Quote
It's easy to be hedonistic.  Our carnal nature desires it.  It's hard to avoid it, and this is the idea.  A good analogy.  I love a juicy steak.  If I eat it, I slouch, and am lazy, and want to rest.  I might gain some weight after it as well.  But if I eat the right vegeterian foods, I'm still more energetic and feel more healthy.

First let me say that I am not literally advocating trying everything. If someone doesn't want to go do some heroine with a hooker and then do other activities, that's fine!  Grin Even St. Ireneaus said that he did not believe that hedonists like the Carpocratians who spoke of experiencing everything actually meant that literally. Still, if our experiences in life are quite limited, is not our ability to discern and creatively and realistically (ie. accurately) consider also limited? For example, If I had never had sex before, I could still think and speculate about it, but it would most likely be quite different thoughts and speculations as compared to what I would think after having had sex. And this in turn could have an impact on my thoughts and speculations about human beings in general.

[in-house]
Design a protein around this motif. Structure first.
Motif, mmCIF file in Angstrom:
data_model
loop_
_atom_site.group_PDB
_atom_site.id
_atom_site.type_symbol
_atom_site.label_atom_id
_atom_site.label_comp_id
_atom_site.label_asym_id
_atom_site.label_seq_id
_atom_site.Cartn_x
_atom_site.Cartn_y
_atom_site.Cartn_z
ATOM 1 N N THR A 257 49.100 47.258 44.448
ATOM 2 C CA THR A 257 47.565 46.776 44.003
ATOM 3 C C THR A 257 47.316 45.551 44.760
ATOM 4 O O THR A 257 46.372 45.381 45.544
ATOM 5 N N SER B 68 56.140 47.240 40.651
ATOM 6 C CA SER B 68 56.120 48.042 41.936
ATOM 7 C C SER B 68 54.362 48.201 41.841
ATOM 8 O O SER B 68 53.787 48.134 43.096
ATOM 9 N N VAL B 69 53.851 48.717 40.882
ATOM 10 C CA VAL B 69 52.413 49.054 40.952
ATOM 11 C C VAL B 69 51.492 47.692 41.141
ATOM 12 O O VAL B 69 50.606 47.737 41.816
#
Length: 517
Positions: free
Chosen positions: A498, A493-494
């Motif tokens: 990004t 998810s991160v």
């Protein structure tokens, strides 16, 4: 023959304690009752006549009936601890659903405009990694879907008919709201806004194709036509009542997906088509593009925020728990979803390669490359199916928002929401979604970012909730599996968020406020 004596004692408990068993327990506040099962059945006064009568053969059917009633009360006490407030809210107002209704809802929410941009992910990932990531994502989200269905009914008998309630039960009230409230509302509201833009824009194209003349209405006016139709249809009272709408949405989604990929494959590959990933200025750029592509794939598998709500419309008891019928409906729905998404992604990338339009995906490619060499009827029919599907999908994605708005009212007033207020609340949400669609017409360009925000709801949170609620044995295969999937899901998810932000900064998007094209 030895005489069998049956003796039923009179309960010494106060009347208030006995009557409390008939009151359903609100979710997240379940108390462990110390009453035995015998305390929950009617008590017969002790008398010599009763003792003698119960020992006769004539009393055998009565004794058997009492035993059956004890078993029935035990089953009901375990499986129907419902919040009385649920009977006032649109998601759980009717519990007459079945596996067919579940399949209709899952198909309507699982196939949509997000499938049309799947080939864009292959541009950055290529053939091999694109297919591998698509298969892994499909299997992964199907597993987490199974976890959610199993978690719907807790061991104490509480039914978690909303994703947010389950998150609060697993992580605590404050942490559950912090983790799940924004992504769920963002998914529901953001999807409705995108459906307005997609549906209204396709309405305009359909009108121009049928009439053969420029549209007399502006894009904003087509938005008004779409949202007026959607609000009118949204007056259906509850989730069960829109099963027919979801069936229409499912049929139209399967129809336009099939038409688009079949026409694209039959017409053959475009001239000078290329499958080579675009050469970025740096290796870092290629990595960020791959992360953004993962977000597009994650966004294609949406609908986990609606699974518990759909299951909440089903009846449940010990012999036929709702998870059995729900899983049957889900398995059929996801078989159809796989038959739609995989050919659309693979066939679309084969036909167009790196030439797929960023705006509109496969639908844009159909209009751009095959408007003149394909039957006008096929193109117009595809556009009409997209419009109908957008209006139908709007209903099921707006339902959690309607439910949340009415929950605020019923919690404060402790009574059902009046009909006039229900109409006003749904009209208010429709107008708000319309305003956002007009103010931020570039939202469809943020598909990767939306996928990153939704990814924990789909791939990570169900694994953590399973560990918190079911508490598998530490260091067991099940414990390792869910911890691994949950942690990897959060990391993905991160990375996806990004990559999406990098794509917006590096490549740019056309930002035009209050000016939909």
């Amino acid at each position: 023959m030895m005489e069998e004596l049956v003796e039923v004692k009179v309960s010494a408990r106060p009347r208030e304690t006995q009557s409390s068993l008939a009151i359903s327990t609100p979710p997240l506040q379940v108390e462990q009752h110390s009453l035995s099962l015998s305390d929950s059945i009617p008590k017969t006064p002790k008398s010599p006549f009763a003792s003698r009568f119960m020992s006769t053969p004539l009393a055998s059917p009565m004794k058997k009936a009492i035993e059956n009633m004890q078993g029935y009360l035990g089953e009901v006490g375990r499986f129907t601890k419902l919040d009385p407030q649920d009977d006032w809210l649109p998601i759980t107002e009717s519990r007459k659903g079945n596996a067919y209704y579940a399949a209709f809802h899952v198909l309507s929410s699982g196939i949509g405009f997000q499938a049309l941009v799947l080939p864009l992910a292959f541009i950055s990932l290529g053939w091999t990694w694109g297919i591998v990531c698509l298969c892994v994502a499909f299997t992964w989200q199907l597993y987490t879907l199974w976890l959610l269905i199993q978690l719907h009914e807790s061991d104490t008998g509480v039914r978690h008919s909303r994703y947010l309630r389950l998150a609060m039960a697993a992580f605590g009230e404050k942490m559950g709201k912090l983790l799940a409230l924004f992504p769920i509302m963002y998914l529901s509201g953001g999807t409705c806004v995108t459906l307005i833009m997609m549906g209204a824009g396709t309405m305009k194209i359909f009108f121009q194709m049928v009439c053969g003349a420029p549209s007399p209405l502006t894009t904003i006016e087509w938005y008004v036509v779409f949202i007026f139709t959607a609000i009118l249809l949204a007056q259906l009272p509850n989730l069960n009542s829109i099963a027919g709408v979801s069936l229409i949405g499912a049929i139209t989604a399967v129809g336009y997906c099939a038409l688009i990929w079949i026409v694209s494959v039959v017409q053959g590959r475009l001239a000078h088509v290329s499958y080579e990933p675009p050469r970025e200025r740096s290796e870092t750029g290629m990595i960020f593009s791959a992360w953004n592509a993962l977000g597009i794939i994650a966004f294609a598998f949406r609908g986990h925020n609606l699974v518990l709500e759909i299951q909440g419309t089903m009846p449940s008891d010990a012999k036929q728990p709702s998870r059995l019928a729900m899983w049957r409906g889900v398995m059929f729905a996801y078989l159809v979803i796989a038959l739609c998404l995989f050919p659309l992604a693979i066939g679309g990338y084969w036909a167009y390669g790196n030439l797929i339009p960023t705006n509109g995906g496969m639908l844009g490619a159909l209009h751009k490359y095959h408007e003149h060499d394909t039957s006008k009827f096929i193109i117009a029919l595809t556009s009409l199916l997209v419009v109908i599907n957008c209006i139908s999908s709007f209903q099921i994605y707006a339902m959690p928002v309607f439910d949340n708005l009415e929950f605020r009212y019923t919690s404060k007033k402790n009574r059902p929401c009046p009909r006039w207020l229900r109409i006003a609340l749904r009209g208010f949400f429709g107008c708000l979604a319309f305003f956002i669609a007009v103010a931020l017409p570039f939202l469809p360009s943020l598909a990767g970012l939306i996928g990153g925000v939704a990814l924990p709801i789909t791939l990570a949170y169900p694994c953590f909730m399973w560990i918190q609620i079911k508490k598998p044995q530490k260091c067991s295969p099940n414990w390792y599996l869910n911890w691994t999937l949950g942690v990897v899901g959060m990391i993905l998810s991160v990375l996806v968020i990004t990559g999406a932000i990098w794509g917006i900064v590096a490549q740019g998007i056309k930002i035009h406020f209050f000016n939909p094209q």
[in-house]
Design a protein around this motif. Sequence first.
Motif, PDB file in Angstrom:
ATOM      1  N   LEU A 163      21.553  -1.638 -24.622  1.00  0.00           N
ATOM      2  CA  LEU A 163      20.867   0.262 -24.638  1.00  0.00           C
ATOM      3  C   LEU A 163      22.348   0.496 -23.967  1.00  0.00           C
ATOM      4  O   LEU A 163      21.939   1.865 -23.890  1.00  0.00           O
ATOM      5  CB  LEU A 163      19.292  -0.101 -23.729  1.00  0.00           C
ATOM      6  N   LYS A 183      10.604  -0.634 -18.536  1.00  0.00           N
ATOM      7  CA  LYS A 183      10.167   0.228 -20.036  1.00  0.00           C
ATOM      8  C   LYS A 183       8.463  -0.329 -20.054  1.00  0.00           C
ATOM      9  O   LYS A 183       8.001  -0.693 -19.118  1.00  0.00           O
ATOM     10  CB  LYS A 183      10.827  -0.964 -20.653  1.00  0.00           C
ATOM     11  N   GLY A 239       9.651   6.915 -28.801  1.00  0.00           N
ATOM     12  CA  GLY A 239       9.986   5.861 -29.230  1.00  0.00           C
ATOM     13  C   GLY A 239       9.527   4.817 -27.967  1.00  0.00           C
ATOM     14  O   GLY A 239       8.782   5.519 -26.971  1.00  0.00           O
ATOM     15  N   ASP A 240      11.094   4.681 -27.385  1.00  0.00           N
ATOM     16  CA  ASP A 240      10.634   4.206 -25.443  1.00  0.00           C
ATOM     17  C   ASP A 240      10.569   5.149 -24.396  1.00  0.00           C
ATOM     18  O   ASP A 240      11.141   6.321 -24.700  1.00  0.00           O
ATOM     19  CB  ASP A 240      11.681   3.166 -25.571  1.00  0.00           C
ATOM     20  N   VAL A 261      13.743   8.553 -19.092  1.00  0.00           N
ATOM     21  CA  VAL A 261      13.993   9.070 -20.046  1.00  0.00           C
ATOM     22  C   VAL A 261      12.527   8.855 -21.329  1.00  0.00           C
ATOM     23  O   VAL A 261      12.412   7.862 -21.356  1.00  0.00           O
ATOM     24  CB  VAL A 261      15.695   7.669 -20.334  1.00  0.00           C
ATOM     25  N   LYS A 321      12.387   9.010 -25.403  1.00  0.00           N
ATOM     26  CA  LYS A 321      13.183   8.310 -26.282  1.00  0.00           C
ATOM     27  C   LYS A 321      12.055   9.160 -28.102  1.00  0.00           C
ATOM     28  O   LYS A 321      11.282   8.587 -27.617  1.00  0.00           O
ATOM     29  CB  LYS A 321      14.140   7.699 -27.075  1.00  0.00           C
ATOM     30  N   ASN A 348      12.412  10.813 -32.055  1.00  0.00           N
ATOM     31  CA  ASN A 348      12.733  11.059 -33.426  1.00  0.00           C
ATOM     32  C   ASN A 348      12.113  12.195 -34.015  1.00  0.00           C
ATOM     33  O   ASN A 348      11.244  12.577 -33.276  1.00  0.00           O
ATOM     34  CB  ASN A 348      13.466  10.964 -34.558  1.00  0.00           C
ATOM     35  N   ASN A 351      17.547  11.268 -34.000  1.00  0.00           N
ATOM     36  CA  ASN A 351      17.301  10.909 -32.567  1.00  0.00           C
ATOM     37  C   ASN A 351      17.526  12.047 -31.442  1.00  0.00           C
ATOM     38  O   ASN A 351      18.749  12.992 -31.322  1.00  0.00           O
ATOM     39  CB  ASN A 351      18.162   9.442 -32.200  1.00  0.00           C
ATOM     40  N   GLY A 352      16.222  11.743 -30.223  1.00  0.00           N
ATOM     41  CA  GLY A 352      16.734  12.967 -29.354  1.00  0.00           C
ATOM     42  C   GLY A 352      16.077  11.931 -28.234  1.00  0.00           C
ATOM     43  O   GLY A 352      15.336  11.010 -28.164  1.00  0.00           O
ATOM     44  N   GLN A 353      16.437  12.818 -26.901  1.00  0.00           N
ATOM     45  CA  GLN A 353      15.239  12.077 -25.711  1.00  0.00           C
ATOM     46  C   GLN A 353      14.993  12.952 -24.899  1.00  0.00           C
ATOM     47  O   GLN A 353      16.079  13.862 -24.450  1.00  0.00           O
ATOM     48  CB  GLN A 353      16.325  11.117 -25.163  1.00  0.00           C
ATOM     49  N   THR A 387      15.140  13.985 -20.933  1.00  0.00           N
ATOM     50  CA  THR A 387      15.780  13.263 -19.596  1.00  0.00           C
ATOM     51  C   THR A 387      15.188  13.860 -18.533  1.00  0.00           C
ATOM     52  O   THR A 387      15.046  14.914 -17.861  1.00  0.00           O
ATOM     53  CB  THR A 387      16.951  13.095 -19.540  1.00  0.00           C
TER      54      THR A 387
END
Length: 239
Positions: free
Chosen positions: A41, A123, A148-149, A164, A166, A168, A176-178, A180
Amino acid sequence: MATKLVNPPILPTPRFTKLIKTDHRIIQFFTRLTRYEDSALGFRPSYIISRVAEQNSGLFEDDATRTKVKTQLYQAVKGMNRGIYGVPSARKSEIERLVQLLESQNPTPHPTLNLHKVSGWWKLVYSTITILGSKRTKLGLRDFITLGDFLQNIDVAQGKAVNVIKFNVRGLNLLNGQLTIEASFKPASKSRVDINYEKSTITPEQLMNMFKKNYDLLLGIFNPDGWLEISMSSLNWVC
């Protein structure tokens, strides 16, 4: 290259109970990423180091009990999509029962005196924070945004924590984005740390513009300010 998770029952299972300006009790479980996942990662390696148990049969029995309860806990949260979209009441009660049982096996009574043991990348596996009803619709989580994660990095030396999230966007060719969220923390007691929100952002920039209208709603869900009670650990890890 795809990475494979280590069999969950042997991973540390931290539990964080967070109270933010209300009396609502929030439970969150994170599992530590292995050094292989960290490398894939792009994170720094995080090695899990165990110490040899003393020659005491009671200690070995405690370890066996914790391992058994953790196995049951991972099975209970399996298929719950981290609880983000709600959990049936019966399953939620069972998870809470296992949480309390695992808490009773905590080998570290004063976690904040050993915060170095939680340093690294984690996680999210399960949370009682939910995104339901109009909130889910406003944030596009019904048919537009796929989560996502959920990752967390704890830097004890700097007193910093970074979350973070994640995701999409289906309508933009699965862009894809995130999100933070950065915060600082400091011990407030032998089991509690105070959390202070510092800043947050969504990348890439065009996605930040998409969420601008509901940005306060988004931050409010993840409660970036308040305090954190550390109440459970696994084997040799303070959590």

Quote
For the philosopher, thinking in a clear way means to go against or remove other "distractions" of carnal desires.

What if the philosophy is built around carnal or natural desires? For example, Arcesilaus, one of the heads of Plato's academy, said we should withhold assent to propositions and simply live our lives according to "the reasonable" (ie. the natural inclinations). And Aristippus of Cyrene, a student of Socrates, went further, saying that we should do whatever our desires demanded, without thought to the consequences (even if common sense said that it was a bad decision). They are considered philosophers by many/most, would you argue that they are not?